2007 11 473 8833.96 129.87 127.51 132.27 
2007 12 270 9577.94 128.11 125.85 130.39 
2007 11 890 9267.42 128.30 126.00 130.63 
2007 12 263 9370.85 130.86 128.56 133.20 
2007 12 321 9375.06 131.42 129.11 133.76 
2007 11 837 8980.58 131.81 129.44 134.20 
2007 12 474 9643.56 129.35 127.09 131.64 
2007 12 152 9425.46 128.93 126.65 131.24 
2007 11 687 9417.38 124.10 121.86 126.37 
2007 10 11 942 9308.81 128.29 126.00 130.61 
2007 11 11 425 9049.09 126.26 123.95 128.59 
2007 12 6465 8458.45 76.43 74.58 78.32 
2008 12 193 9690.92 125.82 123.60 128.07 
2008 12 430 9985.39 124.48 122.30 126.69 
2008 11 878 9654.51 123.03 120.83 125.26 
2008 12 437 9964.42 124.81 122.63 127.03 
2008 11 755 9579.12 122.71 120.51 124.95 
2008 12 411 9928.49 125.00 122.81 127.22 
2008 13 321 10 550.22 126.26 124.13 128.43 
2008 12 439 10 105.70 123.09 120.94 125.27 
2008 12 755 10 547.43 120.93 118.84 123.05 
2008 10 12 317 9927.88 124.06 121.88 126.28 
2008 11 12 112 9426.93 128.48 126.20 130.79 
2008 12 13 654 9712.30 140.58 138.24 142.96 

Discussion

For the first time, we present quantitative data which demonstrates that implementation of the EWTD in NHS North West in August 2008 had no adverse impact on key outcomes associated with patient safety and quality of care. HSMR and SRR within the North West continued to improve at a similar rate to the England average after August 2008. The ALOS analysis shows that NHS North West performed better than the national average for the majority of the study period, with no significant change in this pattern in the period following August 2008.

When considering the HSMR trends in detail, three seasonal spikes in the death rate during the December to January period in each financial year analysed can be clearly seen; these occur nationally, and the pattern in NHS North West is no different from the national trend. When the NHS North West HSMR across acute trusts amongst elective and non-elective patients was analysed against 2005 benchmarks across the 3-year period, an overall improvement could be seen which matched the rate of overall HSMR improvement for England, and where the North West showed signs of a decline in improvement this is reflected in the national picture. There was no significant variation from the national HSMR trend immediately following EWTD implementation in the North West, or during the whole period of EWTD implementation from August 2008 until March 2009. Moreover, where NHS North West showed signs of a decline in improvement in the HSMR trend, this is reflected in the national picture demonstrating that this decline in improvement cannot be attributed to a localized issue.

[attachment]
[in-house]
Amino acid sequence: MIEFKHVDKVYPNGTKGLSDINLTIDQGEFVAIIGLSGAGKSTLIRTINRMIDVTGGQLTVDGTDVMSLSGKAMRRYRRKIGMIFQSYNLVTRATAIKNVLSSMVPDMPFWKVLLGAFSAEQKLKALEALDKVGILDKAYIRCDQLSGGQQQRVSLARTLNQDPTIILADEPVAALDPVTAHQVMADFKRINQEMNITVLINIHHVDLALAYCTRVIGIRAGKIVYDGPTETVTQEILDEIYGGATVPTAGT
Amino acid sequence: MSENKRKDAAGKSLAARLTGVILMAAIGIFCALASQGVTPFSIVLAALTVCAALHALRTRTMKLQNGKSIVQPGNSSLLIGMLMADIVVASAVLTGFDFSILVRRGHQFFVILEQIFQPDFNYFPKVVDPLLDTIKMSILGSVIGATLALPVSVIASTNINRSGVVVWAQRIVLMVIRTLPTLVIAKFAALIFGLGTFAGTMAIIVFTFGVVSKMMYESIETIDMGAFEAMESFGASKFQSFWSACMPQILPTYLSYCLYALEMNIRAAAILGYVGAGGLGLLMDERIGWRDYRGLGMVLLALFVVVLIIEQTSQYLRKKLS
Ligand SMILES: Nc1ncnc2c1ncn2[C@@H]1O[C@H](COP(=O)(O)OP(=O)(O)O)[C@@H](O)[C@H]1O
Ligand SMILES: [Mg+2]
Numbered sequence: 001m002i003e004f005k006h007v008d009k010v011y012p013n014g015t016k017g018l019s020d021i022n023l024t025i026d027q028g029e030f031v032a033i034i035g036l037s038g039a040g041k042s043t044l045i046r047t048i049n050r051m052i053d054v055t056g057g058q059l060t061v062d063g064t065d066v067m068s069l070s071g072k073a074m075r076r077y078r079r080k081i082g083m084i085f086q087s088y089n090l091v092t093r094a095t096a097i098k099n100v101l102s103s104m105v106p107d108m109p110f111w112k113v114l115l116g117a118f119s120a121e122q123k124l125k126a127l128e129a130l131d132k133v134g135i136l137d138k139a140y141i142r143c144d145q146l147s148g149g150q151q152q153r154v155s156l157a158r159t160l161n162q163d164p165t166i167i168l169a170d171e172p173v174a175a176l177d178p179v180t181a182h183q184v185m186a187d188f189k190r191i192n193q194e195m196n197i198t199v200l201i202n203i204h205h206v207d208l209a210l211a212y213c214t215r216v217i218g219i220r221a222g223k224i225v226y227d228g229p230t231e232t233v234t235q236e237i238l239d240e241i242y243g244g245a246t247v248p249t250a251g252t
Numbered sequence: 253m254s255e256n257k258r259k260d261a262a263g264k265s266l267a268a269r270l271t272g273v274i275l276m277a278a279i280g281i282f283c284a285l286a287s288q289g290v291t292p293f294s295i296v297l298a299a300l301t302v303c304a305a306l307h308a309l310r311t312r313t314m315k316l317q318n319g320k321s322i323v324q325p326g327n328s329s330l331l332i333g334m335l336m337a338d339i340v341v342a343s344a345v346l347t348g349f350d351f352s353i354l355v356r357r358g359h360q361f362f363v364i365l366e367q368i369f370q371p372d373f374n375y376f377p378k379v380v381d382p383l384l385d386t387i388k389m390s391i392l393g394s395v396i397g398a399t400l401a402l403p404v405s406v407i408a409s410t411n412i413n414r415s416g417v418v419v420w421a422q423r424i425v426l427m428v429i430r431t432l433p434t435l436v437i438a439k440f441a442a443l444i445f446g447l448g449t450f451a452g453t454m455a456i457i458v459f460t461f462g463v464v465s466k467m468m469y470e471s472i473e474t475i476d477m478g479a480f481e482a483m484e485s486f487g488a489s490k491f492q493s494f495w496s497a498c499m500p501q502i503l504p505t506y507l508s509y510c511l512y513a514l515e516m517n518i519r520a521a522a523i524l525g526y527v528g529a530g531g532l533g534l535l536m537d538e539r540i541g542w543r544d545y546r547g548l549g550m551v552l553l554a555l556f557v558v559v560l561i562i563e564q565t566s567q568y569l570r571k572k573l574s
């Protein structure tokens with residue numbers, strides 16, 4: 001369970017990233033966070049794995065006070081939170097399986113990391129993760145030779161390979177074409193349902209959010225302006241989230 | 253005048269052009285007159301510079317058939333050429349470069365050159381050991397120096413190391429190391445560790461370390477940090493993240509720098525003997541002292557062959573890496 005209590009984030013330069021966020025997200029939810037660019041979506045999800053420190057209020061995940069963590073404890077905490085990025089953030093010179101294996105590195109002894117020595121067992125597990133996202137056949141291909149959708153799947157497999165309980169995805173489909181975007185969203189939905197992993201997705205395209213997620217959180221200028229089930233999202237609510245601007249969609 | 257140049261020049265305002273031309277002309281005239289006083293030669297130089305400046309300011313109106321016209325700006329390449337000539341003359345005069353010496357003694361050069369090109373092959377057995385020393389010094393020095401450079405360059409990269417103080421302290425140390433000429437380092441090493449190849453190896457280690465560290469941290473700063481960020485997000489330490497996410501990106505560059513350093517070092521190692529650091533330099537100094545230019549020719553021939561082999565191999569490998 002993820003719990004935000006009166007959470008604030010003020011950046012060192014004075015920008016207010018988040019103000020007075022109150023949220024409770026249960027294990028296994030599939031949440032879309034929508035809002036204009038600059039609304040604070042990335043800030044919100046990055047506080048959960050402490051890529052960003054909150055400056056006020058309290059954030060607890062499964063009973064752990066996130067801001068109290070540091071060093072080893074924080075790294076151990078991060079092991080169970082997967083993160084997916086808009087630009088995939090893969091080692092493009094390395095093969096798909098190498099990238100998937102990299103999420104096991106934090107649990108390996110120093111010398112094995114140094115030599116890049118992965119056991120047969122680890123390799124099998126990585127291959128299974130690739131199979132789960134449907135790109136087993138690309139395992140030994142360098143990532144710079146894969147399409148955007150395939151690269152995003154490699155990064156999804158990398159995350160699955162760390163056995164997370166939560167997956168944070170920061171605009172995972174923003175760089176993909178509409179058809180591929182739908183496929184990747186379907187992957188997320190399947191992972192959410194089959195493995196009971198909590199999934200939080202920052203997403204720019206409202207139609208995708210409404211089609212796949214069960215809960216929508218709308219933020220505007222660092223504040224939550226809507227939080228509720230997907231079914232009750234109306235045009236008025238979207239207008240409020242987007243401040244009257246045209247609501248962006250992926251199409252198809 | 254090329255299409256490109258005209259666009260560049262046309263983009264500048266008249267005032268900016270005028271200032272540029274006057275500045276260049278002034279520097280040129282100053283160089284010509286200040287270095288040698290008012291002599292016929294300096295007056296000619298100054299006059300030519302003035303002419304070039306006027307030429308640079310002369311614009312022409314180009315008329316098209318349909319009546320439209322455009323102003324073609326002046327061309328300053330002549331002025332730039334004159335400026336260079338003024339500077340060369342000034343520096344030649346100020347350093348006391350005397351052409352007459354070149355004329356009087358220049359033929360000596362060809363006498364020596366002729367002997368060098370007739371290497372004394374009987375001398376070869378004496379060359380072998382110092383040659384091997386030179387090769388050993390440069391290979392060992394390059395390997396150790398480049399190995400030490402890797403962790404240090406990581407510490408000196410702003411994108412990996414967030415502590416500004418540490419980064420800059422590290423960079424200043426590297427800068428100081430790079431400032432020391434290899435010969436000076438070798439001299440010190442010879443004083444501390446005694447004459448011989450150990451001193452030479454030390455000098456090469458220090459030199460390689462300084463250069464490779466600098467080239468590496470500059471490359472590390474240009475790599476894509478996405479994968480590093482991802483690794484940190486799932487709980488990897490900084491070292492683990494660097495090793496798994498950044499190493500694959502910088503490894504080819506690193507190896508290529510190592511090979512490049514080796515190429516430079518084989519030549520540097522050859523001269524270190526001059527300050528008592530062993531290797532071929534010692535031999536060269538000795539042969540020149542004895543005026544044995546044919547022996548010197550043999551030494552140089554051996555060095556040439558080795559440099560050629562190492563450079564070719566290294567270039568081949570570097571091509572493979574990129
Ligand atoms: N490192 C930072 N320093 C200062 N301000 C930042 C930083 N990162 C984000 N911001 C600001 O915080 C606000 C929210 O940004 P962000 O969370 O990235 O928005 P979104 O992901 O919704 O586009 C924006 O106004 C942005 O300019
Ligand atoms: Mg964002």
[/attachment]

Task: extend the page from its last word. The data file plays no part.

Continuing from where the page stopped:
The increase in HSMR in the North West in the winter of 2008/2009 should be examined. There is clear evidence to demonstrate that this increase in HSMR was reflected in the national trend, and this can be attributed to the severe winter pressures related to seasonal infection, exacerbation of chronic disease and hospitalization amongst the growing elderly population.20

Although HSMR figures are clearly a headline statistic when considering the impact of EWTD implementation in NHS North West, data concerning ALOS may provide valuable insights when considering the effectiveness of hospital institutions and clinical teams in satisfactorily and efficiently processing patients. Our data reveal a lower ALOS for both elective and non-elective patients at NHS North West in comparison to England throughout the period studied. Where there is a significant increase in the ALOS for England, this is mirrored at NHS North West. There is an uncharacteristic spike in the elective ALOS at the national level in December 2006 but there is also an increase, although much less significant, at NHS North West in the same month. In the period following August 2008, the ALOS for NHS North West continues to follow the national trend, although it remains lower than the national average. Therefore, it is clear that ALOS has not been impacted in any way that can be attributed to EWTD implementation.

Another useful marker to consider alongside the ALOS when assessing the effective provision of care is the SRR. SRR can provide telling data regarding the effectiveness of initial treatments and highlight those instances in which readmission has been required. When the emergency SRR at NHS North West is compared to that of England for the period April 2006 to March 2009, it can be seen that NHS North West plots a similar pattern to that of the national average. A significant divergence occurs in summer 2007, at which time the SRR in NHS North West rises above the national average. The reason for this is unclear. Similarly, there is a drop in SRR in March 2008 across both England and NHS North West. Again the reason for this is unclear and may be due to a data anomaly, but further investigation of this is beyond the scope of our report. However, it can be stated that the introduction of a 48-h week in NHS North West in August 2008 did not lead to any appreciable trend change in SRR or any significant divergence from the national average.